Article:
Consider for a moment the fact that more than half the world’s Internet users are in Asia, and there are almost twice as many people online in Europe than in North America, according to Internet World Statistics. With website translation and localization, you can cast a much wider net.

Translation and localization is the process of adapting an existing website to the local language and culture of a target market. It means adapting a website into a different linguistic and cultural context. This is much more complex than simply translating text, as it accounts for cultural differences in distinct markets.

This process is no small undertaking, but once you’ve chosen the right vendor, there are a few important things you can do to plan ahead and make the process easier.

Here are some steps to take before, during, and after your translation and localization project.

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'I Am There' - An Interpreter's Story (Video)

Posted by Amy Wade on March 28, 2017

Language interpretation is a difficult profession. Taking call after call without knowing what situation is coming up next requires total concentration and a passion for the profession. At LanguageLine Solutions, we understand that each interpreting session and every person on that call is vitally important. 

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Know What You’re Getting: Comparing Translation Services

Posted by Scott Ludwigsen on February 2, 2017

The packaging on a Turkish dessert was supposed to promise a treat both delicious and healthy. But a bad translation landed it in the realm of the bizarre and baffling.

It affected as a blood maker, and nutritive forebrain cells,” the packaging said. “It reduce the cronerheart diseases and cancer risk, because containing of E vitamins, unsaturated fat and flovanoids. Its perfect source of energy.”

In a global marketplace, examples abound of translations gone awry — nonsensical, offensive or just subtly … off. You certainly don’t want your product or services to land on that list and turn off potential customers.

There is an abundance of translation services providers who promise to solve this problem – so many that the options can seem overwhelming. Here are four factors to help you compare and contrast your options:

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Please Check In Animals & Alcoholics: 9 Signs Lost in Translation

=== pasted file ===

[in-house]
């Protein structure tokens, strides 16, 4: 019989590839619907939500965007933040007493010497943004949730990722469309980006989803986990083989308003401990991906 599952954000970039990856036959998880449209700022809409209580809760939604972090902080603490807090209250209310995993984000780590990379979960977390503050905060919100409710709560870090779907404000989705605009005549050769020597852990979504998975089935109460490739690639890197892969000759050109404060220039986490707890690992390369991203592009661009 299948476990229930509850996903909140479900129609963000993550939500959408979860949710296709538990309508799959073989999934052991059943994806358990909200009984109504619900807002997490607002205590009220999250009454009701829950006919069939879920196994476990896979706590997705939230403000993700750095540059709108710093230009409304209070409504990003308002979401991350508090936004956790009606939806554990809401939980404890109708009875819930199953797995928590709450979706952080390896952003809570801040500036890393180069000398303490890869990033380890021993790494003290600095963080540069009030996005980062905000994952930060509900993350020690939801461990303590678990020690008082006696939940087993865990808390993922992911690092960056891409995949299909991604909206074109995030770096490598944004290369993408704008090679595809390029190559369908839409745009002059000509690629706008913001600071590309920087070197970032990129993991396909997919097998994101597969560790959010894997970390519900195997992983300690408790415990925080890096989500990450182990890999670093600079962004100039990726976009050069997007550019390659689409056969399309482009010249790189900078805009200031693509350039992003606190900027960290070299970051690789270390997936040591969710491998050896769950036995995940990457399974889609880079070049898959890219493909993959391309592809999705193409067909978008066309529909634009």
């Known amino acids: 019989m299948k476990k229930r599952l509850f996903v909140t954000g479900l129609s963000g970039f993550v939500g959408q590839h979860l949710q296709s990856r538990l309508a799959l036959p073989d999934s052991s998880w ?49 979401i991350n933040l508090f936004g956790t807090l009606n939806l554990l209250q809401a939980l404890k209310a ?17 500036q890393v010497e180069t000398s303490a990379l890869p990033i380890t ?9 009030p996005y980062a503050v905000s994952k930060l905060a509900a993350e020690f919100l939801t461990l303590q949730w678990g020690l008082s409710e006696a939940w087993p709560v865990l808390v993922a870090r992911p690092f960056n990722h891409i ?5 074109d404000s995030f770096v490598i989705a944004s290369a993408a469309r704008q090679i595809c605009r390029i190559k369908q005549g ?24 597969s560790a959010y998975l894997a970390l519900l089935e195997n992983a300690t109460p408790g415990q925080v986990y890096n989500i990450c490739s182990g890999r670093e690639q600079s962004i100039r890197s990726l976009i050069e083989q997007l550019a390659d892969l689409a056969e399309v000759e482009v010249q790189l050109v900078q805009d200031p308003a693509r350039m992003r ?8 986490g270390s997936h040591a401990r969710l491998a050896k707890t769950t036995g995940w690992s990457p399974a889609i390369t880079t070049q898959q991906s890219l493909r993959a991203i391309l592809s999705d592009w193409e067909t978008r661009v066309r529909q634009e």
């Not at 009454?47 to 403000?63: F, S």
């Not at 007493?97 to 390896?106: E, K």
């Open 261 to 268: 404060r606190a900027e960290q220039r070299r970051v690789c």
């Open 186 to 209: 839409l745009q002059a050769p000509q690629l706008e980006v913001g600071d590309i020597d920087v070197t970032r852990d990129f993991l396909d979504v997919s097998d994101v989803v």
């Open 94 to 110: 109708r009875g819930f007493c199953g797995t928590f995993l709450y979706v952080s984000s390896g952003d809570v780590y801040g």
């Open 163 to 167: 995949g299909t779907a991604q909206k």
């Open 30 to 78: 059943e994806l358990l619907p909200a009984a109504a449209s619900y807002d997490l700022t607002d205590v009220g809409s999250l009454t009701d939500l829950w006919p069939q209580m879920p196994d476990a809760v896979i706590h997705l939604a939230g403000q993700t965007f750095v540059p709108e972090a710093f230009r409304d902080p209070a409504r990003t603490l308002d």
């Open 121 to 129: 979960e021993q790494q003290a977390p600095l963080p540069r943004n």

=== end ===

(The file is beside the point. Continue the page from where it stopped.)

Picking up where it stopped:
Posted by Scott Brown on January 13, 2017

Sometimes signs that are meant to direct or clarify only create more confusion. Others make us laugh; still others make us cringe.

The LanguageLine team loves to travel, so we have seen our fair share of perplexing signs.

Here are nine travel-related signs that apparently got lost in translation.

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LanguageLine’s Newest “Language” — Plain English

Posted by Charlene Haykel on October 27, 2016

LanguageLine Solutions has added a “new language” to the more than 240 we already offer our clients. The language is English, with a twist. It’s plain English and it helps you communicate in terms that your reader will readily understand. The benefits include streamlined documents, higher customer satisfaction, lower costs, compliance with regulations, and communications that are better structured for clear translation outcomes. 

  • Before:
    Your current dividend of $288.55 has purchased paid-up additional insurance in the face amount of $1,249.57. Your total paid-up additional insurance is $2,749.57.

  • After:
    We have bought more life insurance with your dividend: $1,249.57 since your last bill and $2,749.57 since you opened your account.

This example reflects an actual bill that was sent to thousands of clients across the American heartland. Sure, it’s in English but what kind of English? The 23 original words would confound the most fluent native speaker. Written in a more concise, easier to understand format through our new product, LanguageLine® Clarity℠, the revised information has only two fewer words. But they are straight-forward, real words, not acronyms or jargon, and they pack 100% more meaning for the life insurance customer receiving her bill.